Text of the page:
Fig. 148.—Gauge Weir Penstocks.

Various types of measuring appliances are in use. Among these the simplest is the gauge weir penstock Fig. 148, manufactured by Messrs. Adams Hydraulics, Ltd., from which the depth of water flowing over the weir can be observed at any time. This, however, does not provide a record of the volume flowing at all times. For this purpose the same firm supply several types of recorders, among which the simplest is the 234 type shown in Fig. 149. This is supplied with 24-hour or 7-day movement, and charts which register the volume in gallons per minute, per hour, or per 24 hours.

Fig. 149.—Recording Apparatus.

235 Another measuring apparatus is that supplied by Messrs. George Jennings, Ltd., Fig. 150. This consists briefly of a hollow copper float attached to a brass rod, which is carried up through a hollow column into the indicator box provided with a glass hinged door. The brass rod is provided with pointers, which move up and down with the rods and indicate the water level.

Fig. 149a.—Volume Recorder.

Messrs. George Kent, Ltd., supply a large number of various types of recorders and measuring instruments, including the well-known “Venturi” meter and others actuated by floats to indicate the discharge over a weir. The Venturi meter type of measuring apparatus adapted for sewage, is shown in Fig. 151. In this case the Venturi tube may form part of the ordinary supply pipe, or it may be fitted in a chamber built in the supply channel, the tube connected through the chamber with its ends terminating in the channel at either side. This measuring apparatus may 236 be fitted with the following types of recorders. A diagram only, counter only, or combined counter and diagram in one instrument. The recorder may be placed in any convenient position within a thousand feet of the meter tube.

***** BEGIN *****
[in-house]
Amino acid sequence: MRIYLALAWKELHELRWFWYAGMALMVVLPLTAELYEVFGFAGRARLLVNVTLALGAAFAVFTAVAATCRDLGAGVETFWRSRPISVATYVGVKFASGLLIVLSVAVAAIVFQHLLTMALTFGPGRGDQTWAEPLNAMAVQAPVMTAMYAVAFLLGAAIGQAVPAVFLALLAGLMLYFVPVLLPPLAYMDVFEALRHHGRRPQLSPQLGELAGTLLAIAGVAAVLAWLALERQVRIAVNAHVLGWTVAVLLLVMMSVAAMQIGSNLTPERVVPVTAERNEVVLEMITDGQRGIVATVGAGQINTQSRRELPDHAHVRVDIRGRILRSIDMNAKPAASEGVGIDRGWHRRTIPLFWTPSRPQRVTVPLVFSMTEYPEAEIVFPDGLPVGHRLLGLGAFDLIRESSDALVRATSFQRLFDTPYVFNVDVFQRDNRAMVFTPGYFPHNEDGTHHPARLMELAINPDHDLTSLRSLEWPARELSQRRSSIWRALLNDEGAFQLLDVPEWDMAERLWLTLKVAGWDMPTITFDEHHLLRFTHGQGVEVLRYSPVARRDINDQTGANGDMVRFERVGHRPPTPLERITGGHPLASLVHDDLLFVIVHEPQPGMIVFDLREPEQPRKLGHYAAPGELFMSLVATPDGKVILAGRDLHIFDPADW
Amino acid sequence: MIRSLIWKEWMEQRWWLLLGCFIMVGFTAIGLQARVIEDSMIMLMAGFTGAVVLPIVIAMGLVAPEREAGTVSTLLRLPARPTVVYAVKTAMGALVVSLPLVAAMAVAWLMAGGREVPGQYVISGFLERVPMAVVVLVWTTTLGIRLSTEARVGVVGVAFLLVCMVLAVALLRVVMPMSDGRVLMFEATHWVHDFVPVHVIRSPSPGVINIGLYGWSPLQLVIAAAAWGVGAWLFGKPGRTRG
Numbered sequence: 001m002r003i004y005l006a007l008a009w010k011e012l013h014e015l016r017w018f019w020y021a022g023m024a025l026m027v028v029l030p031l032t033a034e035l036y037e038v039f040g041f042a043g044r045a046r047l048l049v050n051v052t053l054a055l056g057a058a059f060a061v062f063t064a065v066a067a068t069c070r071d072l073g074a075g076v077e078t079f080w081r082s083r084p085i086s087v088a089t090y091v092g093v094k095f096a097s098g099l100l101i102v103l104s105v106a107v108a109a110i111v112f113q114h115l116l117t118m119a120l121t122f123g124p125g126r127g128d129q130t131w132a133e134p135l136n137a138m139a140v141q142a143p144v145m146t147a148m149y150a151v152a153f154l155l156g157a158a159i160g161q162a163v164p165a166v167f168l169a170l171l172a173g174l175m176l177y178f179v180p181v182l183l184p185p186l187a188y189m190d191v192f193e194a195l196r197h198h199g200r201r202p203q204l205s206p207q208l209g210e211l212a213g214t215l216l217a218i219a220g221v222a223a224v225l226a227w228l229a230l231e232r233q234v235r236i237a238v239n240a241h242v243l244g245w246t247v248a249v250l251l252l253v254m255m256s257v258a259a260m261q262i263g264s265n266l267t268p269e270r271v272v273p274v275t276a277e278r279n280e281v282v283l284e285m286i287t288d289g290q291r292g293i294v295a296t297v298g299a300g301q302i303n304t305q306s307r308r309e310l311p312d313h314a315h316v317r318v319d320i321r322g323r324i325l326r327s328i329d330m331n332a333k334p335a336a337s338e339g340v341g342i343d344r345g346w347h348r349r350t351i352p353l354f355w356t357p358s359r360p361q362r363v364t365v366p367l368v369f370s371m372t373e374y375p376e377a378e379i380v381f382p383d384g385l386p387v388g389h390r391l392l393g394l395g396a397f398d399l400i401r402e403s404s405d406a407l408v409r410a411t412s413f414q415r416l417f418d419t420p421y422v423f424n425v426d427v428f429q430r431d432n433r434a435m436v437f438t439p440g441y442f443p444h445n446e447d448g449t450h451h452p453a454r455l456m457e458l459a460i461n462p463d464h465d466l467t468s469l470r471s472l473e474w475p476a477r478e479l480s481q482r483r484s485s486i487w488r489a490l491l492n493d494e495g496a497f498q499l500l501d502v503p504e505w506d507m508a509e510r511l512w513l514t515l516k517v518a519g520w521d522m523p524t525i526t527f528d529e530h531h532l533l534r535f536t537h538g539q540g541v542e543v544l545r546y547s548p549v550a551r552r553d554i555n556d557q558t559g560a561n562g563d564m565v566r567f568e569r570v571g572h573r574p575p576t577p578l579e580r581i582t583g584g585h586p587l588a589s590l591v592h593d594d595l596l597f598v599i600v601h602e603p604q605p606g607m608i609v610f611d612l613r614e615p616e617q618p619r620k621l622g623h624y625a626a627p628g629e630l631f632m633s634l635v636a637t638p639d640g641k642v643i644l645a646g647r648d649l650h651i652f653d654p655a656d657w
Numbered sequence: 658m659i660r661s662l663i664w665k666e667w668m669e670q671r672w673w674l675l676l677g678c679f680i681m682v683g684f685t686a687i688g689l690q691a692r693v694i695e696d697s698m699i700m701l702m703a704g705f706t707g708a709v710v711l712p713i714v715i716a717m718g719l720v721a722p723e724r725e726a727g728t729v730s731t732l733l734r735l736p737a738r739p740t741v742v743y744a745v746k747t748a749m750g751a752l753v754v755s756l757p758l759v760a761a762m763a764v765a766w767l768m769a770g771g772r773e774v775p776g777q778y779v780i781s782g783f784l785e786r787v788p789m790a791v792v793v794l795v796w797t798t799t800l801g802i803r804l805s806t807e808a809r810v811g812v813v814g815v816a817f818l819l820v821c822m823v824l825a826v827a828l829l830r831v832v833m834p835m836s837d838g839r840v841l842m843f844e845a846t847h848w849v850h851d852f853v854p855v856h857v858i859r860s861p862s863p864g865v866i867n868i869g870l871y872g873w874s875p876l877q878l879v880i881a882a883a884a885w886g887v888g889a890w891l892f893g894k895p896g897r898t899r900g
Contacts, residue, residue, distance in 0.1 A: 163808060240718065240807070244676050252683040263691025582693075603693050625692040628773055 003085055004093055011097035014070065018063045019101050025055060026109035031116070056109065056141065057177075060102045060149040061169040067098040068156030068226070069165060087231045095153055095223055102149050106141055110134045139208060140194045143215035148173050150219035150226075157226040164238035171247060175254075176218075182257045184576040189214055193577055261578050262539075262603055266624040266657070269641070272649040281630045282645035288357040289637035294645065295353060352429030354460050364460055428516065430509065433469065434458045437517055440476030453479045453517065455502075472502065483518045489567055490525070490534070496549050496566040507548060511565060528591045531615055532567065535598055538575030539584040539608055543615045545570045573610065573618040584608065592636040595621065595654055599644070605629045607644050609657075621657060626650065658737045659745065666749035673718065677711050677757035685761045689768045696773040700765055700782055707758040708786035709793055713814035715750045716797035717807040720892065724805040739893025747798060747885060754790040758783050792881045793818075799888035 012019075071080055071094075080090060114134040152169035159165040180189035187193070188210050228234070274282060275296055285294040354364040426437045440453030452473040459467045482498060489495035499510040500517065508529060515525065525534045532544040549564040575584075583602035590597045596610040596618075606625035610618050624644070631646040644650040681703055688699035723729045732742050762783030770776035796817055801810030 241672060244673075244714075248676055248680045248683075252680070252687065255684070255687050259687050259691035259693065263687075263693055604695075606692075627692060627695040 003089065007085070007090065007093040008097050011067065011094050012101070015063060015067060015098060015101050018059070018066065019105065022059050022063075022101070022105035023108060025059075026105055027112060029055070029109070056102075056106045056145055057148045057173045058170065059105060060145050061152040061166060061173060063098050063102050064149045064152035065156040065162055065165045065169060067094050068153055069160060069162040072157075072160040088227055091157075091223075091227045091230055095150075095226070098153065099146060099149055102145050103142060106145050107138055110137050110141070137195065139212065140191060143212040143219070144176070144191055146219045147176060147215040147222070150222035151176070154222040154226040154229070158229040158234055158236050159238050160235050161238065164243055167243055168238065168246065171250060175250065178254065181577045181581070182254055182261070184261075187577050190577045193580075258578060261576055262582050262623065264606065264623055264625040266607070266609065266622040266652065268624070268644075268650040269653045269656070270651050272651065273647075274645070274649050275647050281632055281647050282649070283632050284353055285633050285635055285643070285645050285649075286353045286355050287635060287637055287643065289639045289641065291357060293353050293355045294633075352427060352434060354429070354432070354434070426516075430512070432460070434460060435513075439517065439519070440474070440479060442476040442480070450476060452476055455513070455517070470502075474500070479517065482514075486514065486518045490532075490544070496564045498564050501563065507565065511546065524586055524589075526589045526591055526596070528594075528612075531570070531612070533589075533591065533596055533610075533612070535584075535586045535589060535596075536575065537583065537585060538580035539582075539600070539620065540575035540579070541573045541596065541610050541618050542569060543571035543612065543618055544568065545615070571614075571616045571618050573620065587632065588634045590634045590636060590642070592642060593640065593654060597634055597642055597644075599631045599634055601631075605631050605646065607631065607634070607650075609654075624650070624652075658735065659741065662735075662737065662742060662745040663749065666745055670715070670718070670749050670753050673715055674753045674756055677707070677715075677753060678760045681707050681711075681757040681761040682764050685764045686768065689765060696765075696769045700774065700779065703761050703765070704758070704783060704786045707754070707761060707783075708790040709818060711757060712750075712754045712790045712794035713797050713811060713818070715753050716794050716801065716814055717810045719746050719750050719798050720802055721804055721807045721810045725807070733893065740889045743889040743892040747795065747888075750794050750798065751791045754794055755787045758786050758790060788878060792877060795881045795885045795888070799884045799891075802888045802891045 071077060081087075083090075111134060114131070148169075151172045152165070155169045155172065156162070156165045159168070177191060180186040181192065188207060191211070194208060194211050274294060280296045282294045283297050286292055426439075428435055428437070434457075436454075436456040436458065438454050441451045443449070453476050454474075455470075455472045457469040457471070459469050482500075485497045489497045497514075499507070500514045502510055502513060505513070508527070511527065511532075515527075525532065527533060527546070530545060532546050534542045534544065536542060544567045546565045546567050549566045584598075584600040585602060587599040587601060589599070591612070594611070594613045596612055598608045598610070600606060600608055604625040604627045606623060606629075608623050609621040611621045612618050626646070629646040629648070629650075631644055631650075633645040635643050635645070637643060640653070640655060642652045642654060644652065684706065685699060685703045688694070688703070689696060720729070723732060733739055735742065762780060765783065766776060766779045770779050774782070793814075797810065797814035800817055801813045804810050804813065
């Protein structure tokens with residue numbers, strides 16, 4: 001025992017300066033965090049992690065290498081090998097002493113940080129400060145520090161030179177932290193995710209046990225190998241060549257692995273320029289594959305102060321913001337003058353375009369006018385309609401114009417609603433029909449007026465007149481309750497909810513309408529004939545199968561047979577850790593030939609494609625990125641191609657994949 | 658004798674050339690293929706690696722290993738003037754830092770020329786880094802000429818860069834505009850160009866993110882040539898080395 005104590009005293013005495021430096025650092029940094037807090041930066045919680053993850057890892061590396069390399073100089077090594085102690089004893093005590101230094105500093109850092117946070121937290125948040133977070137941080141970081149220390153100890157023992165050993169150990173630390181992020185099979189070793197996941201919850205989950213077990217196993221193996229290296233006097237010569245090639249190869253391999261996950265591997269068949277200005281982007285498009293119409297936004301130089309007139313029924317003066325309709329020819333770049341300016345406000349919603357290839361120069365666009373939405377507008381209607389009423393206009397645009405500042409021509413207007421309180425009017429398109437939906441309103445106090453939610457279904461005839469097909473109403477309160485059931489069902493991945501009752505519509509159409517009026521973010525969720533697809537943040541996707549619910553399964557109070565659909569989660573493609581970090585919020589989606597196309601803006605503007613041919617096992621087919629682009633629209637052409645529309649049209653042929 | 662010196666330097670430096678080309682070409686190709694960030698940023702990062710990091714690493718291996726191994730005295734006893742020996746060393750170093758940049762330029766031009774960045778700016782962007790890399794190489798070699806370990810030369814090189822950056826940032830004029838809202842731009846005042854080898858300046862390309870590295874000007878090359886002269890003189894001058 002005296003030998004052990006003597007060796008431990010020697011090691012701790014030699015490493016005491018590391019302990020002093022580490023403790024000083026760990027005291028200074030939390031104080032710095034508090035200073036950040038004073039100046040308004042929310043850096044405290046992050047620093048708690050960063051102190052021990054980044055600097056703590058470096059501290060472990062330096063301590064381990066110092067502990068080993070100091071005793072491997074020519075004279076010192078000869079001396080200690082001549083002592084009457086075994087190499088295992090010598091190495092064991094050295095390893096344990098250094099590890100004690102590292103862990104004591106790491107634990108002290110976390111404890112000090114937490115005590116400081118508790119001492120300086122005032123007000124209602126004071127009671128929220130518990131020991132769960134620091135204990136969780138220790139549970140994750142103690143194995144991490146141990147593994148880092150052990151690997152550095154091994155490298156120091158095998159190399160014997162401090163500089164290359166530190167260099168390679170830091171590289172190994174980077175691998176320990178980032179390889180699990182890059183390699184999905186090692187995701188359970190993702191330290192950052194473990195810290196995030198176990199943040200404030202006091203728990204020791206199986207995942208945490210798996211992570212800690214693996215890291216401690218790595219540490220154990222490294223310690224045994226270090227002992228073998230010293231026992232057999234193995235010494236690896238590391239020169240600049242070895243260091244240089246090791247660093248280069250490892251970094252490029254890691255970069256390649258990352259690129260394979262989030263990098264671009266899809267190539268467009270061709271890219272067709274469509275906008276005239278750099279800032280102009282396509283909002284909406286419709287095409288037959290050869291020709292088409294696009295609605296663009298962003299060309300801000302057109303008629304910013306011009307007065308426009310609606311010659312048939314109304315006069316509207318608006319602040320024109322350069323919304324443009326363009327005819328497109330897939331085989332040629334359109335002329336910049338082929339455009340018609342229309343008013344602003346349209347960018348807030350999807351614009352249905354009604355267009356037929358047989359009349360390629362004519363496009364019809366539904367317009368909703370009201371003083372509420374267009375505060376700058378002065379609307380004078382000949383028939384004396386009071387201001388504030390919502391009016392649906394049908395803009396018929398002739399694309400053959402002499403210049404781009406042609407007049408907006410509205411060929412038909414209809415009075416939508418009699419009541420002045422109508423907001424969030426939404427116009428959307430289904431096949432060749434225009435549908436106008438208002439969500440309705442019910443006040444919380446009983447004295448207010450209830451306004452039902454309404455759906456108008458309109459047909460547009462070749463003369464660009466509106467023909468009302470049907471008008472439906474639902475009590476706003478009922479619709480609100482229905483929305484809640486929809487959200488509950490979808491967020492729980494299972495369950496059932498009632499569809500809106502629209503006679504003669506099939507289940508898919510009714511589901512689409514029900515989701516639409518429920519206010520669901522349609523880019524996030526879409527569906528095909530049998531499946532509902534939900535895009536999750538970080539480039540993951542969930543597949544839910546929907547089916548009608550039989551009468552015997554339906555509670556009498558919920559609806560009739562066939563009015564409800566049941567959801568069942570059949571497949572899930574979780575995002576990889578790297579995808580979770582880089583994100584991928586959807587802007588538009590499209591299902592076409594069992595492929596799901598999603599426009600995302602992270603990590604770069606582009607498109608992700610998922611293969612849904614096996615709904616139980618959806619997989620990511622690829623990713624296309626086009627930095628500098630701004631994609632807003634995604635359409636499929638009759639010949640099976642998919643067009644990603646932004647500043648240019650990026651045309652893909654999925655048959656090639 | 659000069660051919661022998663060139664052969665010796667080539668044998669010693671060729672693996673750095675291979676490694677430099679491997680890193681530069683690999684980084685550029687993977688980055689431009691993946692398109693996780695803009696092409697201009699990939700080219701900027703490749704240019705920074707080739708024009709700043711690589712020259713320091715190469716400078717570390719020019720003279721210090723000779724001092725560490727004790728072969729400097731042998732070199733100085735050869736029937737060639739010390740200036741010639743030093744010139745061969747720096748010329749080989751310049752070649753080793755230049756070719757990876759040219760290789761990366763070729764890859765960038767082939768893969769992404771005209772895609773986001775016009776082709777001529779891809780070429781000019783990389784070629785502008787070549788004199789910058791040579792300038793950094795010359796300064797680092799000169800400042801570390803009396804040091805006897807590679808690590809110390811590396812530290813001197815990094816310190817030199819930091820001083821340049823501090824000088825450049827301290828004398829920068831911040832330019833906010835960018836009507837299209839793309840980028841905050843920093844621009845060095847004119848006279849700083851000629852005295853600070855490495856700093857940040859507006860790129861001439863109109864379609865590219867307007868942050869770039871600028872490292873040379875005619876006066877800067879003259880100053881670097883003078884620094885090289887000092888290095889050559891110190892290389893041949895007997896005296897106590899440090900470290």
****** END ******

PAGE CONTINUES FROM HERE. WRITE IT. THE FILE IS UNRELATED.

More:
Fig. 150.—Measuring Apparatus.


Fig. 151.-The “Venturi” Meter.


Fig. 152.—Measuring Apparatus.

Several types of measuring apparatus are manufactured by Messrs. Glenfield and Kennedy. One of these is illustrated in Fig. 152. This consists of an apparatus for recording the volume of water or sewage flowing over a weir, a chart being revolved by clockwork, and the volume indicated by a pen actuated by a float and cord working over pulleys. This instrument can be fitted with cam and pen carriage to show the rate of discharge on the chart (24 hours or 7 days), in gallons of cubic feet per minute over a V-notch, rectangular weir, or in an open channel of known dimensions. It is claimed that by simply 239 taking the area of the diagram, the total discharge for any period can be ascertained much more quickly and more correctly than from a diagram simply giving the height flowing over the weir.

A somewhat novel form of apparatus, recently introduced by Messrs. Adams Hydraulics, Ltd., for measuring the flow of sewage in a channel, consists of a water-wheel by means of which the velocity of the flow is registered. In order to maintain the paddles of the wheel at a uniform depth below the surface of the liquid, the wheel is carried upon a shaft supported by two floats provided with vertical guide rods working in brackets attached to the sides of the channel. By this means the whole of the apparatus rises and falls with the liquid in the channel. The wheel-shaft is provided with a bevel-toothed wheel, which engages with another similar wheel attached to a flexible shaft, and this drives a set of geared wheels similar to a flush-tank counter, which thus record the number of revolutions made by the paddle-wheel.